Sunday, December 21, 2014

Bridges, William Thomas 必列者士

Updated December 21, 2014

temp. Notes:

Acting Attorney General, Acting Colonial Secretary, in multiple occasions in 1850s when the office-holders were on leave.
Honor: naming of Bridge Street 必列者士街 (better known in its short form 必街)

William Thomas Bridges (b.1820–d.year unclear) studied at Oxford, and at the Middle Temple from 1844. He was called to the Bar in 1847 and came to Hong Kong in 1851 where he started a law practice. Wealth began to cumulate for Bridges as business at the law firm thrived. The first sign of his dubious character unveiled when he started lending money at high interest rates. Because of shortage of lawyers in Hong Kong at that time and owing to the introduction his college friend, William Thomas Mercer who was the Colonial Treasurer, Bridges was asked to temporarily take over the office of the Attorney General when the office holder, Thomas Chisholm Anstey, went on leave in 1855. When Mercer became Colonial Secretary and took home leave from February 1857 to November 1859, Bridges stood in for him as well; assuming the most important government office next to that of the governor, while still carrying on his private law practice and money lending business. Bridges resigned in 1859 after being implicated in a number of scandals, and left Hong Kong in 1861. Bridges was a member of the Masonic order in Hong Kong.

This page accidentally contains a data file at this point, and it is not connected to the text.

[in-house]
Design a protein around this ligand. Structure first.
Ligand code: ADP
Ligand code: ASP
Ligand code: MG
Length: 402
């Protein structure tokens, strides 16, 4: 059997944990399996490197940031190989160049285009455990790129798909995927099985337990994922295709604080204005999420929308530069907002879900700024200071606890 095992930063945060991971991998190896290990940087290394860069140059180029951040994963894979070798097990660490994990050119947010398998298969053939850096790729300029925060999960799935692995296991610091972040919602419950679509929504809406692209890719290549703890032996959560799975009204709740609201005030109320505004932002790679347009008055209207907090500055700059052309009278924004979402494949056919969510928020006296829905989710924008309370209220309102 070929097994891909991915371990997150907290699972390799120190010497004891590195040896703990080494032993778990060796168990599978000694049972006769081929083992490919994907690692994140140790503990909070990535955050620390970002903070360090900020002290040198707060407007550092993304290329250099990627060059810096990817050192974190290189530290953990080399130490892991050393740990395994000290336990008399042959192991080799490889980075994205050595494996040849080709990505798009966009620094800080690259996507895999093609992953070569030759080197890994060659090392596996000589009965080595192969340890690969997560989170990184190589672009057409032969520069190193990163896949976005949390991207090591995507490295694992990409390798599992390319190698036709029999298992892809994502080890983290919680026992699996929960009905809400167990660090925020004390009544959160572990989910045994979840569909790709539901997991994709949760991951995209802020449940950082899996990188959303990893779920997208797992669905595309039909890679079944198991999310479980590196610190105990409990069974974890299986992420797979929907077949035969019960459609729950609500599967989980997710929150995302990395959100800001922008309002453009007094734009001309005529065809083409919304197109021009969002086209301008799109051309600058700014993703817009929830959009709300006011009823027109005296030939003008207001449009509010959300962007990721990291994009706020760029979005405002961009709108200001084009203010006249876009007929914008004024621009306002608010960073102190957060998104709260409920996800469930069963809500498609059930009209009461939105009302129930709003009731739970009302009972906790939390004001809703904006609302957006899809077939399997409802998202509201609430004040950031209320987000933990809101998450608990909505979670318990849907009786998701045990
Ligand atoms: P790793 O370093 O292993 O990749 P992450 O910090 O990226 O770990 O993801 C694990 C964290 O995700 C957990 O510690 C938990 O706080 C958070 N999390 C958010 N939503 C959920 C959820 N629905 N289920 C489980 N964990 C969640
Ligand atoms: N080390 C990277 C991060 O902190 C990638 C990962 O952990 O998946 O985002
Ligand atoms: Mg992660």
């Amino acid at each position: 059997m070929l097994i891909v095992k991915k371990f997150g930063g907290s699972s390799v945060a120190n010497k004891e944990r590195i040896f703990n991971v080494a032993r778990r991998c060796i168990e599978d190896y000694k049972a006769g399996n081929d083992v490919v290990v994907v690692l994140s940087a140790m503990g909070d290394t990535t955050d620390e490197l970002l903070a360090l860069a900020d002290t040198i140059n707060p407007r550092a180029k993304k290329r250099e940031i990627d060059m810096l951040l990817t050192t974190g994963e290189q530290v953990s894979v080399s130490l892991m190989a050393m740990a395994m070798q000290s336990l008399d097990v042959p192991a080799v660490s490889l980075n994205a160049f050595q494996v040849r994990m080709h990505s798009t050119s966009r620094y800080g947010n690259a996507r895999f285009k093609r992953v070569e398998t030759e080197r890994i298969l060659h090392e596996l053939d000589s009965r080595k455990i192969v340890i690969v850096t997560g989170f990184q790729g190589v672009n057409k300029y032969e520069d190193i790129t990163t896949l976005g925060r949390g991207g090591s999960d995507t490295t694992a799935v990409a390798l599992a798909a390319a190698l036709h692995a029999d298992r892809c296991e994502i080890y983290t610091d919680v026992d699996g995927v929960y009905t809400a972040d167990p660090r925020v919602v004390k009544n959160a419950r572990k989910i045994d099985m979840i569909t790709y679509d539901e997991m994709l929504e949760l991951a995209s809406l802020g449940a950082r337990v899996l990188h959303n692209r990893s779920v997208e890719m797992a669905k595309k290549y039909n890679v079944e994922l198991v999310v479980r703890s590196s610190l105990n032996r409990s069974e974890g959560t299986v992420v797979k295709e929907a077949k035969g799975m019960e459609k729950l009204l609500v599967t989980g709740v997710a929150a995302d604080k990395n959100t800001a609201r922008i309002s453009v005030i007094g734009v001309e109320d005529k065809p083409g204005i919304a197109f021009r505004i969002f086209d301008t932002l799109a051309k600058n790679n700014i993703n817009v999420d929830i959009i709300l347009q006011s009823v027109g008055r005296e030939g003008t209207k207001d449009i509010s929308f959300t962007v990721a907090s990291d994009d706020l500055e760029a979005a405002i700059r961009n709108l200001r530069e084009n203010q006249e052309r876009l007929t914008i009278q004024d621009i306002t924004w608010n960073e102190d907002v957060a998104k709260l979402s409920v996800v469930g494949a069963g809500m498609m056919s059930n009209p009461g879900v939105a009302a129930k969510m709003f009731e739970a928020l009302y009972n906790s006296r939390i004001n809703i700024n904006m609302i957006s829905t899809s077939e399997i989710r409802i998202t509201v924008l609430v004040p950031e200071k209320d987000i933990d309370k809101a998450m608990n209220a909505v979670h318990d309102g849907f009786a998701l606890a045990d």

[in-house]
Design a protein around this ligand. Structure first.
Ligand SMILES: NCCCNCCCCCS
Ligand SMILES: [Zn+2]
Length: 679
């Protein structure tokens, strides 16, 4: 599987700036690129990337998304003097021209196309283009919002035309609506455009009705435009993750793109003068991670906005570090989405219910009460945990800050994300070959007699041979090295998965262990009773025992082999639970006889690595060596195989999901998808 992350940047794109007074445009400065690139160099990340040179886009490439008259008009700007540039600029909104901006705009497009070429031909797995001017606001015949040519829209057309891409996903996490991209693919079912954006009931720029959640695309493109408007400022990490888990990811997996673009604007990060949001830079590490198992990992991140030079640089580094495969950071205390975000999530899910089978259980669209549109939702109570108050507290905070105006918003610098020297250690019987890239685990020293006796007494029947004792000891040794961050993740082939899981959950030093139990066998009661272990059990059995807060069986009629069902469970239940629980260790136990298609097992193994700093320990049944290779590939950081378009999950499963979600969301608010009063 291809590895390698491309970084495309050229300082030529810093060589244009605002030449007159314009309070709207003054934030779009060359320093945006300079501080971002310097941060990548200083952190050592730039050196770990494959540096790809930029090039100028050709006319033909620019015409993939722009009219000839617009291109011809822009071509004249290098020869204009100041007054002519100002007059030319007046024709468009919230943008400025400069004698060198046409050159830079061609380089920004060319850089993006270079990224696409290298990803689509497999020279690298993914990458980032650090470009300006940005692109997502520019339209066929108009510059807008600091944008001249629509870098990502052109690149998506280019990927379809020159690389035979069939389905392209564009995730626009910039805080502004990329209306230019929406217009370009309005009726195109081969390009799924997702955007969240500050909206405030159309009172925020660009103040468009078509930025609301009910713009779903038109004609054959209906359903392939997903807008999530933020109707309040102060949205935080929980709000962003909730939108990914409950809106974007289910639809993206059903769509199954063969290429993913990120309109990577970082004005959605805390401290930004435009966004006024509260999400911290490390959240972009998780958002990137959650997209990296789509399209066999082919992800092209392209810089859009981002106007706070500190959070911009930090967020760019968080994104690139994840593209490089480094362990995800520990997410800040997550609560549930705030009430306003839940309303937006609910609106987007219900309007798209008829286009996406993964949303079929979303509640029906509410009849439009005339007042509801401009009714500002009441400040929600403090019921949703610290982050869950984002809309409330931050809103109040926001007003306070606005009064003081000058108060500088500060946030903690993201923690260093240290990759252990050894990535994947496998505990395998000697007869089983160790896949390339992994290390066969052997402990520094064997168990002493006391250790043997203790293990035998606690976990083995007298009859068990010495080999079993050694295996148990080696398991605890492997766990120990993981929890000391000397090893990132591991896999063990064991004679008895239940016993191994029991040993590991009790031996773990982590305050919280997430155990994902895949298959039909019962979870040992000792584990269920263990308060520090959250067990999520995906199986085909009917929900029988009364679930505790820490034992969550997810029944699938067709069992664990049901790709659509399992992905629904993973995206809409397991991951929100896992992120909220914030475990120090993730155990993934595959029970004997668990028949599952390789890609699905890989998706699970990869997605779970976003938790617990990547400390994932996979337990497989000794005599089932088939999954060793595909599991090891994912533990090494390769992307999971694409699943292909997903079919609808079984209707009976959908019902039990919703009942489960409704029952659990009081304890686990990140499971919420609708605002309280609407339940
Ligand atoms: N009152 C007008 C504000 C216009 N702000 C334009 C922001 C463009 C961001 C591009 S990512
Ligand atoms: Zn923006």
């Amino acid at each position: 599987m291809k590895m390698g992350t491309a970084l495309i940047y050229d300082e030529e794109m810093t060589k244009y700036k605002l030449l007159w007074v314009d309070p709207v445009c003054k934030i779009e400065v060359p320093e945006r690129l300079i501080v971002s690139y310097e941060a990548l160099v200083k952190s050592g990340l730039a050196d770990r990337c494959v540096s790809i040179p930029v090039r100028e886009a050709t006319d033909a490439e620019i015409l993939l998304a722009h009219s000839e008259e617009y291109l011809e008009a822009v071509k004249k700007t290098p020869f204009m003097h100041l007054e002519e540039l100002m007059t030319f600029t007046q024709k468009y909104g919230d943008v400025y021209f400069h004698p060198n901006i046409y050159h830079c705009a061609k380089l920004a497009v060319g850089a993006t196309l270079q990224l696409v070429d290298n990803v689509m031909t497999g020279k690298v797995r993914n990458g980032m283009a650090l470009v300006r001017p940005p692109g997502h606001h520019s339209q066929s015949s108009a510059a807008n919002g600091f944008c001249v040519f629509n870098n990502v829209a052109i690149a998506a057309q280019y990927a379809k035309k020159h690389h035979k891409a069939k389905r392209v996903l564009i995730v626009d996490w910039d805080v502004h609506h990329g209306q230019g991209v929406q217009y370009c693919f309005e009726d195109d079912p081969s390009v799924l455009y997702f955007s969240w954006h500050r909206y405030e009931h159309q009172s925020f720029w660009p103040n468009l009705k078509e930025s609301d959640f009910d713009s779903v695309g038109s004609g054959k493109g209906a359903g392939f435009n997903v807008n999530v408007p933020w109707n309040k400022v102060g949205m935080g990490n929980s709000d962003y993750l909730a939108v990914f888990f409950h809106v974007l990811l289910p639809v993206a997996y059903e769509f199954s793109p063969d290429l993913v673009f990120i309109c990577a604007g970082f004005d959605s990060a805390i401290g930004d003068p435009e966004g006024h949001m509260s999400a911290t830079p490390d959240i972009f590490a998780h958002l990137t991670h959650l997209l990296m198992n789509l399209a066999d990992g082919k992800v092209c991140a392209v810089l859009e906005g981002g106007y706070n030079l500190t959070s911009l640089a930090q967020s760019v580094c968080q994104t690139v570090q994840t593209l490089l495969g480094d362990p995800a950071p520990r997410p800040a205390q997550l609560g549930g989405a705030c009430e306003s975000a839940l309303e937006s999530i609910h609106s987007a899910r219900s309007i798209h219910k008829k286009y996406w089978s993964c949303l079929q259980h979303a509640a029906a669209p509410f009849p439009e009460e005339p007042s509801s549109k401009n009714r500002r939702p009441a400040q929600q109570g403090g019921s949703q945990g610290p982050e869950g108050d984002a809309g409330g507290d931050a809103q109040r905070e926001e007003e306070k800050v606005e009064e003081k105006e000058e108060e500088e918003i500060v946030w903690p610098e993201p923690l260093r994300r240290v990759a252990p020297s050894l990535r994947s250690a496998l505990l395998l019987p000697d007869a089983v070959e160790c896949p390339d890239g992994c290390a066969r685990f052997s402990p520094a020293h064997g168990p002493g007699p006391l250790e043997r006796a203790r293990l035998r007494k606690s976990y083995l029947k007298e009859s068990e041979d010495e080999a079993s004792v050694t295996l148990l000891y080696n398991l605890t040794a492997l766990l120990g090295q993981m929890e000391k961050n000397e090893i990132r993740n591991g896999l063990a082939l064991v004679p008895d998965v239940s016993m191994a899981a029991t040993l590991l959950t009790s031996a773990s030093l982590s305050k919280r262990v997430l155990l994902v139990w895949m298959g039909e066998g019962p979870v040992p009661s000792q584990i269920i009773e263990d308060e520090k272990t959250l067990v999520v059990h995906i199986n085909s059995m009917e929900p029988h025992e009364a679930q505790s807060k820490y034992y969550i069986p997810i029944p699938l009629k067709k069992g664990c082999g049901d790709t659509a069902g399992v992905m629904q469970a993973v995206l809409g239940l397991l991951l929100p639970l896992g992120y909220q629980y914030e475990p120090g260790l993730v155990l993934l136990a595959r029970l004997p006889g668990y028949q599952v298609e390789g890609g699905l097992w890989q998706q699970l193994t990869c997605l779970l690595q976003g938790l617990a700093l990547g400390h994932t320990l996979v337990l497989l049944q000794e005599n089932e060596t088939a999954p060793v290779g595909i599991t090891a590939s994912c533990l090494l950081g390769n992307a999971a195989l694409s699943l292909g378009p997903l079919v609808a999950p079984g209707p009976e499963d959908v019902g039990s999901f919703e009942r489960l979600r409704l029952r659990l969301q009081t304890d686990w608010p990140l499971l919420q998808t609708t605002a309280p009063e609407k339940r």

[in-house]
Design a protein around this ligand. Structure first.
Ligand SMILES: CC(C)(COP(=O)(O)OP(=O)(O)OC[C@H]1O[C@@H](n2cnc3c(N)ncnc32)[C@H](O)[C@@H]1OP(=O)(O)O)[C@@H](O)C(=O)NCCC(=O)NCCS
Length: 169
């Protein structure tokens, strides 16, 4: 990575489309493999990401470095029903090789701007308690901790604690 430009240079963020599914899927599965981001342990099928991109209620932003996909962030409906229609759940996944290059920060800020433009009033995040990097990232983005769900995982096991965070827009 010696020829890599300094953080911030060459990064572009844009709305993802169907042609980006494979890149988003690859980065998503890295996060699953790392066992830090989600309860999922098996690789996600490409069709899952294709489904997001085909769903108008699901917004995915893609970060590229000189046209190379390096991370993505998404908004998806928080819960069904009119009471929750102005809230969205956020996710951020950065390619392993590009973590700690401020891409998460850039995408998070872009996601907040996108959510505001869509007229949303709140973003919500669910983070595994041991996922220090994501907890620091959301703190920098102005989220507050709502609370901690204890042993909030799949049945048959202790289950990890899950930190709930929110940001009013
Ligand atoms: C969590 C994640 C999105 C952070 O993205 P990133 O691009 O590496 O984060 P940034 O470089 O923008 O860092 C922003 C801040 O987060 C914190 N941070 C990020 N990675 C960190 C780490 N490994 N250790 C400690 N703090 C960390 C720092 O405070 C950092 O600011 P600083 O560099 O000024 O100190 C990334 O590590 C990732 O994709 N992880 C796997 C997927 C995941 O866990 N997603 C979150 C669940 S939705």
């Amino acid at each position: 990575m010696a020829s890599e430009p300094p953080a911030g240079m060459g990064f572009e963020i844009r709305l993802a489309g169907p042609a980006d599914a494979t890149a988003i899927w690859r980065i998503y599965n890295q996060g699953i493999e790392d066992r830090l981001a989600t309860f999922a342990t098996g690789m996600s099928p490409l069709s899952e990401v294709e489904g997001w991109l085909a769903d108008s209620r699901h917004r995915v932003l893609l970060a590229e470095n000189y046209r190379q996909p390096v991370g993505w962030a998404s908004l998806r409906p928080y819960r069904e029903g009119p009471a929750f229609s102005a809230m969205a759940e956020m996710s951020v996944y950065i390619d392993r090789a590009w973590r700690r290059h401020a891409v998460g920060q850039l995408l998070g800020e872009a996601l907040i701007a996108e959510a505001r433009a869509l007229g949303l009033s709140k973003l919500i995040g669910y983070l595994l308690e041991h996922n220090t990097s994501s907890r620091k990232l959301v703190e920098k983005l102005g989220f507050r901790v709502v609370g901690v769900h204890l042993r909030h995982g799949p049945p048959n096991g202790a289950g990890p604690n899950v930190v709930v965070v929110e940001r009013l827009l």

Selected bibliography: Hong Kong's First [online].


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